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What about your service as a sports chaplain will matter in one hundred years?

What about your service as a sports chaplain, character coach, or sports mentor will matter in ten years, in twenty, in one hundred years? What do you do, how do you impact lives, whose lives are affected strongly enough that your service of them will have long lasting benefits? Let’s think about this challenging set of questions.
What about your service as a sports chaplain will matter in ten years? What you taught and modeled for them about success in life can have this sort of effect. When people see your approach to work, how you engage with people, your study habits, and other life skills, they can be significantly influenced for a good period of time. What about your service as a sports chaplain will matter in twenty years? I would assert that what you taught and modeled for them about God honoring relationships have a strong effect for at least this long. As they observe your loving interaction with your spouse and children, they will be directly affected in a great way. What you…
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When is it Time to Withdraw?

When is it time to withdraw? How does one know when it’s the right time to resign his or her role in serving sportspeople? This is likely the most painful part of our tenure of service because of the tearing it does at the fabric of our hearts. When we serve relationally, the loss of relationship hurts, and we feel the loss very personally. A USA colleague of mine was recently released from his role with a prominent university and it was very painful to him. He is seeking his next station of service, and I am certain he will land on his feet, but neither his, my, your, nor my opportunities last forever.
Below are some thoughts about factors that may make it time to withdraw from your service as a sports chaplain, character coach, or sports mentor. ·When your opportunity evaporates. Whether due to coaching changes, management or administration decisions, or other factors, it’s pretty common that one’s opportunity to serve a team or club could simply evaporate. This has happened to me at …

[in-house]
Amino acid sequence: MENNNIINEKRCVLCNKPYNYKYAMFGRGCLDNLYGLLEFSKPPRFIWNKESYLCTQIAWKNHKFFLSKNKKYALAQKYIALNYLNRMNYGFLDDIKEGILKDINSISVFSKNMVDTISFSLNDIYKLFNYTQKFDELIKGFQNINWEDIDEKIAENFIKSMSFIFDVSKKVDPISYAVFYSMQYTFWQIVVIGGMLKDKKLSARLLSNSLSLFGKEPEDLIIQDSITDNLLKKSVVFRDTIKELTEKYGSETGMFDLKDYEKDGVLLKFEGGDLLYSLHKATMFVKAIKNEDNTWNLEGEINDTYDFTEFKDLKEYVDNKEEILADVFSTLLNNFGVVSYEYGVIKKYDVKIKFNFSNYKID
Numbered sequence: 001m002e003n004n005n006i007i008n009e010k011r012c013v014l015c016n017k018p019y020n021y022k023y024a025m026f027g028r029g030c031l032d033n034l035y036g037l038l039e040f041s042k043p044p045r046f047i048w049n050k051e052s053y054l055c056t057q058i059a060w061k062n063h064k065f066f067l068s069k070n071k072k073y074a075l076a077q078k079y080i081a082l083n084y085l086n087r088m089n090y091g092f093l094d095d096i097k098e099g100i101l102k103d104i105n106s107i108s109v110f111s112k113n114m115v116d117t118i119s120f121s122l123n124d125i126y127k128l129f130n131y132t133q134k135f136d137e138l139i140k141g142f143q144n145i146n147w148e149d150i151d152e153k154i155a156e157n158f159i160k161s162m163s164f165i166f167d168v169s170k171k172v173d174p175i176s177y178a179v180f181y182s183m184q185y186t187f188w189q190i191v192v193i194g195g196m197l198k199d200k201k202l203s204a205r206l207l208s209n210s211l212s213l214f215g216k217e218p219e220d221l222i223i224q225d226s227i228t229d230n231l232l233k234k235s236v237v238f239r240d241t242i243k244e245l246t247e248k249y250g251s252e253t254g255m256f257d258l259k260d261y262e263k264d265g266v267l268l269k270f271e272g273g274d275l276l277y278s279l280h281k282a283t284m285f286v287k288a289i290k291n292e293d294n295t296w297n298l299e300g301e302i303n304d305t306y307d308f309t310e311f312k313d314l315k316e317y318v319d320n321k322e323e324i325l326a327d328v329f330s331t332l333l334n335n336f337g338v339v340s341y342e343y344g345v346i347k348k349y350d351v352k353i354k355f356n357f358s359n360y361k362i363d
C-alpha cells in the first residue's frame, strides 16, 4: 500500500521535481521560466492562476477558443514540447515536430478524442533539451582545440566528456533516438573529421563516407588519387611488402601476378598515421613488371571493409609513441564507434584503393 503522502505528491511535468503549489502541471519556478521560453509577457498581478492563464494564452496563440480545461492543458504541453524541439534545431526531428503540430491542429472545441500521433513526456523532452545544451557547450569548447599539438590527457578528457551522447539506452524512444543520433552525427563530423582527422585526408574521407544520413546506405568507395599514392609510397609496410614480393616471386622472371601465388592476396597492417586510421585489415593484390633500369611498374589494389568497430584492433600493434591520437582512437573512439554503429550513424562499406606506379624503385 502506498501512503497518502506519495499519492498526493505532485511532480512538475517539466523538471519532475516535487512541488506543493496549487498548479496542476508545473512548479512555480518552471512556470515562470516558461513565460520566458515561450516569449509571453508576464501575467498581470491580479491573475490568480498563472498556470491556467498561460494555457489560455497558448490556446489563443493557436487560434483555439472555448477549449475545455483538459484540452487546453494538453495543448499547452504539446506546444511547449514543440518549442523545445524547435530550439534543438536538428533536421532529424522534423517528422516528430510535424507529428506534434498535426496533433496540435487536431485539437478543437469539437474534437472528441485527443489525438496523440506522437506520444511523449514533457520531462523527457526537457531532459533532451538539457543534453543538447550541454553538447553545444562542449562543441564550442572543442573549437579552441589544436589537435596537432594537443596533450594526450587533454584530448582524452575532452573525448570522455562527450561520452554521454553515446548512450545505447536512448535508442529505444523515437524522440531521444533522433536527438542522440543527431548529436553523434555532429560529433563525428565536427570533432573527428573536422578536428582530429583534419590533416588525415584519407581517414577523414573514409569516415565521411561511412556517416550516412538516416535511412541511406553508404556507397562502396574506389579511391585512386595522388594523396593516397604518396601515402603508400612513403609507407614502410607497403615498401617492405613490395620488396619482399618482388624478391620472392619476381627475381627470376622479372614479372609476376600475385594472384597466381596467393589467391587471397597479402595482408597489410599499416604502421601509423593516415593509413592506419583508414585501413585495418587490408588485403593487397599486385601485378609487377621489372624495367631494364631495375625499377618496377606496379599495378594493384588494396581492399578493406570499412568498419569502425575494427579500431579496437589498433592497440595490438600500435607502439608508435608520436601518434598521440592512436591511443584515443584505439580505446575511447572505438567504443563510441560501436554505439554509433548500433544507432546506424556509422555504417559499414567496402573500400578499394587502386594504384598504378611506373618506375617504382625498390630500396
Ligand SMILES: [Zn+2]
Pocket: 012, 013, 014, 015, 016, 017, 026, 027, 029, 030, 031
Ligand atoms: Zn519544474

Restore. According to the dictionary, to restore is: re·store – to bring back (a previous right, practice, custom, or situation); reinstate. To return (someone or something) to a former condition, place, or position. What is there about you that needs to be restored? What about you is broken and needs to be returned to a former condition, place, or position?
Across twenty-three years of serving in this role, I have been occasionally broken in various ways. I am often in need of restoration. Relationships get strained and need to be restored, more often than we would like. At sixty-one years of age, I need some occasional physical restoration. I find that my attitude is often a little sideways and needs restoration. How I think about particular issues, people, or groups often needs to be restored.
Regardless of the nature or the degree of your brokenness, find a way to be restored. There are certainly a number of ways to be restored, and I have listed some of the ways I have found to…


Refuel. It’s likely that you are occasionally feeling that you are out of gas. You seem to be running on empty. Your normal passion and energy seems to be in short supply, but you press on anyway because people are counting on you. You need to refuel. How? What does that for us?